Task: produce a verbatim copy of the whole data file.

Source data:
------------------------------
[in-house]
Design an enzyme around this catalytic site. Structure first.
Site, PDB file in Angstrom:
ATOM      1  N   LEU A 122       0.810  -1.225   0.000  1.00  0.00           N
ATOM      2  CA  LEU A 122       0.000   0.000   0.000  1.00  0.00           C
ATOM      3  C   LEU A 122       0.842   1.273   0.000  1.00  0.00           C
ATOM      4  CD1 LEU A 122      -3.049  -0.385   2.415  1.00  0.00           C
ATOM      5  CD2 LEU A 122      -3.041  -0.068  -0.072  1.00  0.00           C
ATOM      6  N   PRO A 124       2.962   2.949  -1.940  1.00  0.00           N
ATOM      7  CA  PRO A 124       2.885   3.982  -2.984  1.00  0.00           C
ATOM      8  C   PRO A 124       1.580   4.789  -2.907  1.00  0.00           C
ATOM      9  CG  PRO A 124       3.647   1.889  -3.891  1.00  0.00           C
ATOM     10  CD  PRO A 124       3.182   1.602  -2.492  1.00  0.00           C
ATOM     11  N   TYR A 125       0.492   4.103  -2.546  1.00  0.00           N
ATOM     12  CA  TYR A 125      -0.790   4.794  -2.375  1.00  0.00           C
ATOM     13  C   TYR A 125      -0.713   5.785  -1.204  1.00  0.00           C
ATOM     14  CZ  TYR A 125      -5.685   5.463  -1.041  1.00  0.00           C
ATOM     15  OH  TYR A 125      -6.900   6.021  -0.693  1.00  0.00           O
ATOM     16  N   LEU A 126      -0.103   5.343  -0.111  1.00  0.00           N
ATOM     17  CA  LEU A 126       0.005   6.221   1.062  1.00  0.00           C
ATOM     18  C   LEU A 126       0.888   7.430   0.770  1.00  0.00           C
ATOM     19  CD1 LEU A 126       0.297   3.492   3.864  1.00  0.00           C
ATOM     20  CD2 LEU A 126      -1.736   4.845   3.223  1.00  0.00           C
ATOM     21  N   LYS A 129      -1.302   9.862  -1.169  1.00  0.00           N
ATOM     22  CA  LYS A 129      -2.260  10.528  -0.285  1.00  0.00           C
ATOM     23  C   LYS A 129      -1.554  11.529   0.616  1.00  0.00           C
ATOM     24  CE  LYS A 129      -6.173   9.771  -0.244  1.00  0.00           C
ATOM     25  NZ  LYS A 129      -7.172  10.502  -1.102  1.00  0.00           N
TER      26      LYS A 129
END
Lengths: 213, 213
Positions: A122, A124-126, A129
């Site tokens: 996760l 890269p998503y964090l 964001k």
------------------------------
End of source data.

[in-house]
Design an enzyme around this catalytic site. Structure first.
Site, PDB file in Angstrom:
ATOM      1  N   LEU A 122       0.810  -1.225   0.000  1.00  0.00           N
ATOM      2  CA  LEU A 122       0.000   0.000   0.000  1.00  0.00           C
ATOM      3  C   LEU A 122       0.842   1.273   0.000  1.00  0.00           C
ATOM      4  CD1 LEU A 122      -3.049  -0.385   2.415  1.00  0.00           C
ATOM      5  CD2 LEU A 122      -3.041  -0.068  -0.072  1.00  0.00           C
ATOM      6  N   PRO A 124       2.962   2.949  -1.940  1.00  0.00           N
ATOM      7  CA  PRO A 124       2.885   3.982  -2.984  1.00  0.00           C
ATOM      8  C   PRO A 124       1.580   4.789  -2.907  1.00  0.00           C
ATOM      9  CG  PRO A 124       3.647   1.889  -3.891  1.00  0.00           C
ATOM     10  CD  PRO A 124       3.182   1.602  -2.492  1.00  0.00           C
ATOM     11  N   TYR A 125       0.492   4.103  -2.546  1.00  0.00           N
ATOM     12  CA  TYR A 125      -0.790   4.794  -2.375  1.00  0.00           C
ATOM     13  C   TYR A 125      -0.713   5.785  -1.204  1.00  0.00           C
ATOM     14  CZ  TYR A 125      -5.685   5.463  -1.041  1.00  0.00           C
ATOM     15  OH  TYR A 125      -6.900   6.021  -0.693  1.00  0.00           O
ATOM     16  N   LEU A 126      -0.103   5.343  -0.111  1.00  0.00           N
ATOM     17  CA  LEU A 126       0.005   6.221   1.062  1.00  0.00           C
ATOM     18  C   LEU A 126       0.888   7.430   0.770  1.00  0.00           C
ATOM     19  CD1 LEU A 126       0.297   3.492   3.864  1.00  0.00           C
ATOM     20  CD2 LEU A 126      -1.736   4.845   3.223  1.00  0.00           C
ATOM     21  N   LYS A 129      -1.302   9.862  -1.169  1.00  0.00           N
ATOM     22  CA  LYS A 129      -2.260  10.528  -0.285  1.00  0.00           C
ATOM     23  C   LYS A 129      -1.554  11.529   0.616  1.00  0.00           C
ATOM     24  CE  LYS A 129      -6.173   9.771  -0.244  1.00  0.00           C
ATOM     25  NZ  LYS A 129      -7.172  10.502  -1.102  1.00  0.00           N
TER      26      LYS A 129
END
Lengths: 213, 213
Positions: A122, A124-126, A129
């Site tokens: 996760l 890269p998503y964090l 964001k």